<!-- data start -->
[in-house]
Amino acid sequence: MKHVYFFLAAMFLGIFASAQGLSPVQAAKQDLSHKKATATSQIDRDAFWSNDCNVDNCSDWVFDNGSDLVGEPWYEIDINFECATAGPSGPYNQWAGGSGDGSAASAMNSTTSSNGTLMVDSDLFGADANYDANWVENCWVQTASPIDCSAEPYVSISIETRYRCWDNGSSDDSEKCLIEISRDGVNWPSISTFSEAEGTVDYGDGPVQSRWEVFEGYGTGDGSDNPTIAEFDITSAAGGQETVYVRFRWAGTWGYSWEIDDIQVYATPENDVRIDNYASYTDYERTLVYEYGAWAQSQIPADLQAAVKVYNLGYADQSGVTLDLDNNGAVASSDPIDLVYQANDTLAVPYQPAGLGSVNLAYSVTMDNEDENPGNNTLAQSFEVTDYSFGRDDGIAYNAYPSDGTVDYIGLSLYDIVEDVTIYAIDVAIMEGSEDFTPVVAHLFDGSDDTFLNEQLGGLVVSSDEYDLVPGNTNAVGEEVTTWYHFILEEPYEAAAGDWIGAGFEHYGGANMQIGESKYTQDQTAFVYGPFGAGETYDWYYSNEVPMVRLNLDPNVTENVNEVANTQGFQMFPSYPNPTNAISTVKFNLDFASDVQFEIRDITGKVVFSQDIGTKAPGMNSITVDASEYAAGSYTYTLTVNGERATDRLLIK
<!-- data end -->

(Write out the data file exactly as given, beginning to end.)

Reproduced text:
[in-house]
Amino acid sequence: MKHVYFFLAAMFLGIFASAQGLSPVQAAKQDLSHKKATATSQIDRDAFWSNDCNVDNCSDWVFDNGSDLVGEPWYEIDINFECATAGPSGPYNQWAGGSGDGSAASAMNSTTSSNGTLMVDSDLFGADANYDANWVENCWVQTASPIDCSAEPYVSISIETRYRCWDNGSSDDSEKCLIEISRDGVNWPSISTFSEAEGTVDYGDGPVQSRWEVFEGYGTGDGSDNPTIAEFDITSAAGGQETVYVRFRWAGTWGYSWEIDDIQVYATPENDVRIDNYASYTDYERTLVYEYGAWAQSQIPADLQAAVKVYNLGYADQSGVTLDLDNNGAVASSDPIDLVYQANDTLAVPYQPAGLGSVNLAYSVTMDNEDENPGNNTLAQSFEVTDYSFGRDDGIAYNAYPSDGTVDYIGLSLYDIVEDVTIYAIDVAIMEGSEDFTPVVAHLFDGSDDTFLNEQLGGLVVSSDEYDLVPGNTNAVGEEVTTWYHFILEEPYEAAAGDWIGAGFEHYGGANMQIGESKYTQDQTAFVYGPFGAGETYDWYYSNEVPMVRLNLDPNVTENVNEVANTQGFQMFPSYPNPTNAISTVKFNLDFASDVQFEIRDITGKVVFSQDIGTKAPGMNSITVDASEYAAGSYTYTLTVNGERATDRLLIK